These answers suggested by Revolutions must be engaged seriously even though from a biblical perspective they are weak. Francis Schaeffer always insisted that we never need fear engaging world views that are alternatives to the Christian world view. We will always find points of contact, because people are made in God’s image and live in the cosmos called into being by the Creator. And we will always find weaknesses, fatal flaws, since no story answers the Big Questions of life as fully, as plausibly, and as satisfactorily as does The Story revealed in Christ and Scripture.

That is no reason for pride (since it’s not our doing), nor reason to disdain the alternative world views (since we too, on this side of glory, see only in part). It is reason for gratitude, for humility, and for a holy spirited determination to find a creative and winsome way to engage The Matrix generation’s story with The Story in a way they might be able to hear and understand. In Revolutions we are told that “Everything that has a beginning has an end,” but I hope that doesn’t apply to the discussion of the questions the trilogy has raised. They are too important to be dropped.


1. Did Denis like The Matrix Revolutions? Did you? What was your initial reaction to the film? To the trilogy? Why did you react that way? 2. What is the message(s) of the film(s)? Consider such themes as: the nature of reality or what is really real; what’s wrong with the world, and what’s the solution; the fragmentation of life; the significance of relationships and love; the significance and meaning of being human; the meaning of technology; the meaning of life and history; and the possibility of transcendence. 3. What is attractive here? How is it made attractive? Where do you agree? Where do you disagree? Why? In the areas in which we might disagree, how can we talk about and demonstrate the truth in a winsome and creative way in our pluralistic culture? 4. Identify the aspects of Christian symbolism that are woven into the film(s). What hints, ideas or values are brought in from other world views? If you have difficulty identifying these things, what plans might be good to make to strengthen your ability to discern such things? 5. Compare and contrast how your non-Christian and your Christian friends react to the film(s). 6. In what ways were the techniques of film-making (lighting, casting, direction, script, music, sets, action, cinematography, editing, etc.) used to get the film’s message(s) across, or to make the message plausible or compelling? In what ways were they in ineffective or misused? What scenes are particularly striking to you? Why? 7. With whom did you identify in the film? Why? With whom were we meant to identify? Discuss each main character in the film and their significance to the story. 8. Morpheus, so central in The Matrix, recedes in importance in Revolutions—why is this? 9. What insight does the film give into the way postmodern people see life, meaning, and reality? How can you use the film as a useful window of insight for Christians to better understand our non-Christian friends and neighbors? 10. Might the film be a useful point of contact for discussion with non-Christians? What plans should you make?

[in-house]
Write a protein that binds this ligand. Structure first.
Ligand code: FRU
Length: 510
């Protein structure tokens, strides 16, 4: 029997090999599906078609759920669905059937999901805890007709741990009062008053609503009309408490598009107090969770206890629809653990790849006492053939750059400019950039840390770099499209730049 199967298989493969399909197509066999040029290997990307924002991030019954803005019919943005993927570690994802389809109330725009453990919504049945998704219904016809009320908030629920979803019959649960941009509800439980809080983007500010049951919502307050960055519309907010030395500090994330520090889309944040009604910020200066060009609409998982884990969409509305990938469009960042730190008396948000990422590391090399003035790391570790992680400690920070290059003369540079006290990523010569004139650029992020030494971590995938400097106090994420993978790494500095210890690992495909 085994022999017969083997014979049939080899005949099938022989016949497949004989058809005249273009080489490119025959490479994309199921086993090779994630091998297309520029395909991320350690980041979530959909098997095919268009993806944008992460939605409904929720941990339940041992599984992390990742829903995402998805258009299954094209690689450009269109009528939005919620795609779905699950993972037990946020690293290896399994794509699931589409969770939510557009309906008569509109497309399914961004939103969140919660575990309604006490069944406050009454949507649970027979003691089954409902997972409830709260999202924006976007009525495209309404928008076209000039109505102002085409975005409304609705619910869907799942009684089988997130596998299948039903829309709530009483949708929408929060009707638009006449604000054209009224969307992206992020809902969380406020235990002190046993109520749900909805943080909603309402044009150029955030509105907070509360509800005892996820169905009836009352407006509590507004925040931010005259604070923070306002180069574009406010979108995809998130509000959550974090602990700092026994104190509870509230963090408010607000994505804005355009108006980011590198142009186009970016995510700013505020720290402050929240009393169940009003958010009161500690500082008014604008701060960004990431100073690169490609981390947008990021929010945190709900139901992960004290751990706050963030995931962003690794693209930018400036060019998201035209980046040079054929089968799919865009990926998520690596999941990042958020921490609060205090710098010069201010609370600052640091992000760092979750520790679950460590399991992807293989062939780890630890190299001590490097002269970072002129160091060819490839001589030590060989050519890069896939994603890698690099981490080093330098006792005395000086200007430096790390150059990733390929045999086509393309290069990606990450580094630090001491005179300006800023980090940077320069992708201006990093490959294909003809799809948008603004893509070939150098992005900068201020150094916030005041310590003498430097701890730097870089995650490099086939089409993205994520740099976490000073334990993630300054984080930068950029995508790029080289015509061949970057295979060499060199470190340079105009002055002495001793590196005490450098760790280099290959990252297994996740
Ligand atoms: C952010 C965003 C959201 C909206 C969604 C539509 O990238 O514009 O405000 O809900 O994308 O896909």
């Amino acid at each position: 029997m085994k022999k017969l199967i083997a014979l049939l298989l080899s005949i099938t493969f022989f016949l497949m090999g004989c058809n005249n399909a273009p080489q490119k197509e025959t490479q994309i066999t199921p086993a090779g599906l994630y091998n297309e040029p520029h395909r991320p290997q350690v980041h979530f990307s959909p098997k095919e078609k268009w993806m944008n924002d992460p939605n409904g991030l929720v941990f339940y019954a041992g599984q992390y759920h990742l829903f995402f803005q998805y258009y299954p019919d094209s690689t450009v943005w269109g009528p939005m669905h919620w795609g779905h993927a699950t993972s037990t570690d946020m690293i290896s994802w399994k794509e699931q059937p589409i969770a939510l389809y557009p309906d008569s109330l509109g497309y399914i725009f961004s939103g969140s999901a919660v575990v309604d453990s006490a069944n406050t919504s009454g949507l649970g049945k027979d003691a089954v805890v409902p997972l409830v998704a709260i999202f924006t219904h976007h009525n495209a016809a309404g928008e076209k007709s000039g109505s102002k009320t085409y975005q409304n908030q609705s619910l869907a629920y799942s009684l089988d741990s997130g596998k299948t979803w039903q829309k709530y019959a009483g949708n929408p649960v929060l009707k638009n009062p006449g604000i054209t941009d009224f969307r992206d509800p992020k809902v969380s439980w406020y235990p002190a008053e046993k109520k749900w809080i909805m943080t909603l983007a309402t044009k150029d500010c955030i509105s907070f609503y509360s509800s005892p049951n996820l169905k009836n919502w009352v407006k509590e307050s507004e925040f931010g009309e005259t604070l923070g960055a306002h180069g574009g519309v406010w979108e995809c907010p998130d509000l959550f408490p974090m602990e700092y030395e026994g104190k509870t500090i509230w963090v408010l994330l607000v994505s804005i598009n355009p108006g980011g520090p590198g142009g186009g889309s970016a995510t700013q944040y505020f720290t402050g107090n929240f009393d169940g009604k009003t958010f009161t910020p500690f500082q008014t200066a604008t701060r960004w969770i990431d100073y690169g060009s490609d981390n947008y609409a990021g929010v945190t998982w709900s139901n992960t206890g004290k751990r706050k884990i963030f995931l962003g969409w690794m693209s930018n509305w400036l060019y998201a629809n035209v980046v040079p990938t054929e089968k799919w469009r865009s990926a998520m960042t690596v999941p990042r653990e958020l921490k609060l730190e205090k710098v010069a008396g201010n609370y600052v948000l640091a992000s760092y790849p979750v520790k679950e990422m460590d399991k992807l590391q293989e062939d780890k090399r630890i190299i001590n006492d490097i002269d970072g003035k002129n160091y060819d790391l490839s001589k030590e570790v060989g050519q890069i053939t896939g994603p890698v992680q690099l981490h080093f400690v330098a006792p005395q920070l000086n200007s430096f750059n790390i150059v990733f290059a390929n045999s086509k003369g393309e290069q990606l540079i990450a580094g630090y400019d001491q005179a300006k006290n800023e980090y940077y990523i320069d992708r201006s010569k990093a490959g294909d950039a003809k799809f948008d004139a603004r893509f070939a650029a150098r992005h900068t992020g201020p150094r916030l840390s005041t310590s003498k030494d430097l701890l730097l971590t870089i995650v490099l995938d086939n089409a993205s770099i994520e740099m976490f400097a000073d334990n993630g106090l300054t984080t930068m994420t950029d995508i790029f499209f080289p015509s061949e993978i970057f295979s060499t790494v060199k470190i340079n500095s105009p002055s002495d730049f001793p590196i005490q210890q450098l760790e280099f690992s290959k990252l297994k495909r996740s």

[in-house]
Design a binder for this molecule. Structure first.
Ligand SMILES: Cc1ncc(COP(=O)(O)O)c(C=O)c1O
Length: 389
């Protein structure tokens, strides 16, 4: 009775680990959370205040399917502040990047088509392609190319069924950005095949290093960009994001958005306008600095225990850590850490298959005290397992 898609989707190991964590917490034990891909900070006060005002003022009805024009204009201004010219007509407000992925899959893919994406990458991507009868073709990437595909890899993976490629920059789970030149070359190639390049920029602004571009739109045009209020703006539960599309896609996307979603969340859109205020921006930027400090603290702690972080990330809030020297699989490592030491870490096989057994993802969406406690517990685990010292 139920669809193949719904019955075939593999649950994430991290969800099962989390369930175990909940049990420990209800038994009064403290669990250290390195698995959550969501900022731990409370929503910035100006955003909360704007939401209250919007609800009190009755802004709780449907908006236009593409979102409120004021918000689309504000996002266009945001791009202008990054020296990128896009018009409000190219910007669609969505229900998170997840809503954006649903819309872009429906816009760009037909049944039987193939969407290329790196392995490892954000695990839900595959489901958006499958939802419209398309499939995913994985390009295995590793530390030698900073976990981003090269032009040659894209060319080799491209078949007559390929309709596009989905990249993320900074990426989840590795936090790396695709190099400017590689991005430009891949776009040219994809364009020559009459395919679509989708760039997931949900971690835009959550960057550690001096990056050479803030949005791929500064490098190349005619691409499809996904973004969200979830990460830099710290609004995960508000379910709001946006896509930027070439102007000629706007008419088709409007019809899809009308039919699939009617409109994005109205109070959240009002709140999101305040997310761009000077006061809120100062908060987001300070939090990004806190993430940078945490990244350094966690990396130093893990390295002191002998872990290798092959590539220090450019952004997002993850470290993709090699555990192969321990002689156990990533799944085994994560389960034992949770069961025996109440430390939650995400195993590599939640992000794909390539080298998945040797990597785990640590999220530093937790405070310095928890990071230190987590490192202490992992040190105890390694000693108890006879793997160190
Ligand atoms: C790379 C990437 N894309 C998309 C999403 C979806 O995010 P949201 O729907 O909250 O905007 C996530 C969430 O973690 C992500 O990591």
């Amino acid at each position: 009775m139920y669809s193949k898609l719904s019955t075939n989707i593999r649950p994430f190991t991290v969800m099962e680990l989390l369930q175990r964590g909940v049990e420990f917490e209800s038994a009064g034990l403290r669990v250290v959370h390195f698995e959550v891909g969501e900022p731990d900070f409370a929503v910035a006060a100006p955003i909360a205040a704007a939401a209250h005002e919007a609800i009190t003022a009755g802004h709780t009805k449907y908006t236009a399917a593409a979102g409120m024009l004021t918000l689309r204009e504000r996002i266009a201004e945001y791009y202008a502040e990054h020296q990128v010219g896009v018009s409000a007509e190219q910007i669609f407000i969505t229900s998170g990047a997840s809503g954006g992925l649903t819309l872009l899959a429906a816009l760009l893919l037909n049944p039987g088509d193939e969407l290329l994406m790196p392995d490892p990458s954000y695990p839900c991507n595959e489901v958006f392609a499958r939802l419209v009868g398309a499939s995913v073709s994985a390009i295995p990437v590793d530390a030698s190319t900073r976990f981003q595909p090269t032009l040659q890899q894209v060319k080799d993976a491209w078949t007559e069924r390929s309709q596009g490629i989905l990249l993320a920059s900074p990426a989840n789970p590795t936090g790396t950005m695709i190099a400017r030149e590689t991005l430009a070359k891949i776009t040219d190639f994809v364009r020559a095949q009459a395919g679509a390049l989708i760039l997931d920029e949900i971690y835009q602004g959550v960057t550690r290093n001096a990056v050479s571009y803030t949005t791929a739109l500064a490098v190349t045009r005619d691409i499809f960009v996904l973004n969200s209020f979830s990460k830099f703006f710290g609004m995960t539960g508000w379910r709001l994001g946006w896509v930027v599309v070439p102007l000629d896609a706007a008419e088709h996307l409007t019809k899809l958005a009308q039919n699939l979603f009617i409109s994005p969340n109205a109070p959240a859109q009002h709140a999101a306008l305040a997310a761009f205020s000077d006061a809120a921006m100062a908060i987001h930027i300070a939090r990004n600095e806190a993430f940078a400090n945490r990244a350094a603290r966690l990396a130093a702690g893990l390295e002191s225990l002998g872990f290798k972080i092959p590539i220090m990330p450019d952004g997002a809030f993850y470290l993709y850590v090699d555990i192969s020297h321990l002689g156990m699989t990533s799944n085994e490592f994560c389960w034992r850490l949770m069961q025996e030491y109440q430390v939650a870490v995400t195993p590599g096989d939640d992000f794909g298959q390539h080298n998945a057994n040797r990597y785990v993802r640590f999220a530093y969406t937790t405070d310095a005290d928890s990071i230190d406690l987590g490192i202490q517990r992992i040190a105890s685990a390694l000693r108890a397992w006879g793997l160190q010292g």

The Matrix: Revolutions credits: Cast: Mary Alice (The Oracle) Collin Chou (Seraph) Tanveer Atwal (Sati) Laurence Fishburne (Morpheus) Carrie-Anne Moss (Trinity) Jada Pinkett Smith (Niobe) Keanu Reeves (Neo) Nona Gaye (Zee) Harold Perrineau (Link) Hugo Weaving (Agent Smith) Lambert Wilson (Merovingian) Monica Bellucci (Persephone) Directors: Wachowski Brothers Screenwriters: Wachowski Brothers Producers: Bruce Berman, Wachowski Brothers & others Original Music: Don Davis, Ben Watkins Cinematographer: Bill Pope Costumes: Kym Barrett Runtime: 129 minutes Rated R for sci-fi violence and brief sexual content.